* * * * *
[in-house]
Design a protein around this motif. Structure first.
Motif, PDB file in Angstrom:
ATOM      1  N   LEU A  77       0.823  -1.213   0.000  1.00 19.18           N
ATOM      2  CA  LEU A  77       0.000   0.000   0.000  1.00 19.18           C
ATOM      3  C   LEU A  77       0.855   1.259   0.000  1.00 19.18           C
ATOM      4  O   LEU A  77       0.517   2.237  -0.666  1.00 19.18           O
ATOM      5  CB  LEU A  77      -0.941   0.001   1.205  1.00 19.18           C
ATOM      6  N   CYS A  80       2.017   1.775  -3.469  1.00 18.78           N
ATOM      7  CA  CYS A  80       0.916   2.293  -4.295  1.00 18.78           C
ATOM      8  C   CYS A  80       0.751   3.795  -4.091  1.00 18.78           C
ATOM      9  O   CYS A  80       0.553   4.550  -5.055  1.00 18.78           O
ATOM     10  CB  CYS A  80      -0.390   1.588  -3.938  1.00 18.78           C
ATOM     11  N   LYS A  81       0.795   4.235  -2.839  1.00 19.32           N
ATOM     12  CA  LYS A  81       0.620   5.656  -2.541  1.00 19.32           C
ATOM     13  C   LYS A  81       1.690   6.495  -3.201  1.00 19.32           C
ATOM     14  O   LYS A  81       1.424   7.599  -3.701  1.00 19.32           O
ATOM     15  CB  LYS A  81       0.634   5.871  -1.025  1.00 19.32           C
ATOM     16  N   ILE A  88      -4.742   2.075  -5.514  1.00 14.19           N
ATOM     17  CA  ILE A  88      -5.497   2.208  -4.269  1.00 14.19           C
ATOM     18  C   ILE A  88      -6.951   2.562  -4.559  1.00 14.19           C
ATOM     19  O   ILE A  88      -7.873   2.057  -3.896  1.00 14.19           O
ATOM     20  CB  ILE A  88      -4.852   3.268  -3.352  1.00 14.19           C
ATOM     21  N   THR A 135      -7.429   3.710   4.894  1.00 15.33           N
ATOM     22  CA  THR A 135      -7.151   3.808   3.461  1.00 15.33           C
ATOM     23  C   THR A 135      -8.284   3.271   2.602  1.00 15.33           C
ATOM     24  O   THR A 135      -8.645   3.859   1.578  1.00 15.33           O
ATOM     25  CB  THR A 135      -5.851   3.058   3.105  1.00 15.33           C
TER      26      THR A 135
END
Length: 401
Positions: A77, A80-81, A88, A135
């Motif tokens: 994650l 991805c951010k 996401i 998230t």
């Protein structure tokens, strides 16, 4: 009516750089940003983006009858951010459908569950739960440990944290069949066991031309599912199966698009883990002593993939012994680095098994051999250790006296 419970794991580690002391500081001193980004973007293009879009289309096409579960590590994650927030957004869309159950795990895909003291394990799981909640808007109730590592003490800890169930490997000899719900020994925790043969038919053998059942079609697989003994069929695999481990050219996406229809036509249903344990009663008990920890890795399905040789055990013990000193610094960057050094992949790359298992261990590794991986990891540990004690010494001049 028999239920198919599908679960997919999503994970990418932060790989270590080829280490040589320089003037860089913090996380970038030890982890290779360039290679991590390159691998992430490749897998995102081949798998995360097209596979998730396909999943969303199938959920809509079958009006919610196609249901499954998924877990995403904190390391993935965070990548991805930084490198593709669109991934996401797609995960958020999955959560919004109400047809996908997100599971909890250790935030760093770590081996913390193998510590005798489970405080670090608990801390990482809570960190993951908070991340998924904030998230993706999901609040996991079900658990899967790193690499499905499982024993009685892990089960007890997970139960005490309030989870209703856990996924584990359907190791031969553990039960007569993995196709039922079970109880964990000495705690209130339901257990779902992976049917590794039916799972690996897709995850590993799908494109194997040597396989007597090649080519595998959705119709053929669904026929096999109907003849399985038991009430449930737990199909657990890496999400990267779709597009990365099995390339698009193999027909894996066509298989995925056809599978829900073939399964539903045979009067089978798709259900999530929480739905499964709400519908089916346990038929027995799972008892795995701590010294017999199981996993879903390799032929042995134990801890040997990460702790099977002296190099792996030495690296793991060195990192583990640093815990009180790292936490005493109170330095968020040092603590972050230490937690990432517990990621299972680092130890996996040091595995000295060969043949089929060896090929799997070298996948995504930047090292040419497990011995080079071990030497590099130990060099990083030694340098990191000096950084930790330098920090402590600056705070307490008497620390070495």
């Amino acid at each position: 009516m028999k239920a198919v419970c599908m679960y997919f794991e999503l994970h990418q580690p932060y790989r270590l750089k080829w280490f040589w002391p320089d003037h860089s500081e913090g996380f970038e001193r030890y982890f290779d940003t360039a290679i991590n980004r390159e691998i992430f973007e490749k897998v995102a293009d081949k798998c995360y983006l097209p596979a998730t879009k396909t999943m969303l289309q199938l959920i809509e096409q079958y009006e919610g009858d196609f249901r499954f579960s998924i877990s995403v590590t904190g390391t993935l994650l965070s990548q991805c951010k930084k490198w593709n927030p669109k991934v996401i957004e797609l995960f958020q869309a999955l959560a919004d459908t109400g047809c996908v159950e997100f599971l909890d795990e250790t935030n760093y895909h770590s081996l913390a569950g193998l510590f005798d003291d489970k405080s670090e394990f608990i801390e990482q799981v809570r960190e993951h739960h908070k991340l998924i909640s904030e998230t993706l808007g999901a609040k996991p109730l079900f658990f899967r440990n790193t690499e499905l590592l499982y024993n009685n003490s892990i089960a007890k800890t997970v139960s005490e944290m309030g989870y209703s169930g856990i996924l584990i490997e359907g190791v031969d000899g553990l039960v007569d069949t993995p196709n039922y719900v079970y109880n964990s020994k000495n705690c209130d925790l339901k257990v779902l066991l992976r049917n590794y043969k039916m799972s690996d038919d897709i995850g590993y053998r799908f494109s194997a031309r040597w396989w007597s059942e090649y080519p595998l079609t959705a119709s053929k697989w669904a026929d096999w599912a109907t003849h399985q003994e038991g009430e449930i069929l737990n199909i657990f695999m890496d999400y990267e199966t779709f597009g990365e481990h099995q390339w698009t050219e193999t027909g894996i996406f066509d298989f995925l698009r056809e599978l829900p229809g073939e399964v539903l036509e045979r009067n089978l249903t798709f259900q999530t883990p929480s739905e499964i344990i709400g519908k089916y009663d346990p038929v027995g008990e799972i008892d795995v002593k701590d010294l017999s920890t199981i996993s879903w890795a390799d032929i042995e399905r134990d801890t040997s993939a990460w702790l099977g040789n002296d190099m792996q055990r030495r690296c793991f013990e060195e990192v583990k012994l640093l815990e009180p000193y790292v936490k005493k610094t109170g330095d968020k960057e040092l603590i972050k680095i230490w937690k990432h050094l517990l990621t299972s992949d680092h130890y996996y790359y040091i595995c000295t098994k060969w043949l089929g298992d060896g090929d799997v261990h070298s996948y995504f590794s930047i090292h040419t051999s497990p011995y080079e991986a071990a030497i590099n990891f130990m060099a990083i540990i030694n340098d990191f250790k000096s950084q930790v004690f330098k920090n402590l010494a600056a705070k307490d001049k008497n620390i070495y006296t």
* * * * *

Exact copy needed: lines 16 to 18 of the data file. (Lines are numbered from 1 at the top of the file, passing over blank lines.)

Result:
ATOM     13  C   LYS A  81       1.690   6.495  -3.201  1.00 19.32           C
ATOM     14  O   LYS A  81       1.424   7.599  -3.701  1.00 19.32           O
ATOM     15  CB  LYS A  81       0.634   5.871  -1.025  1.00 19.32           C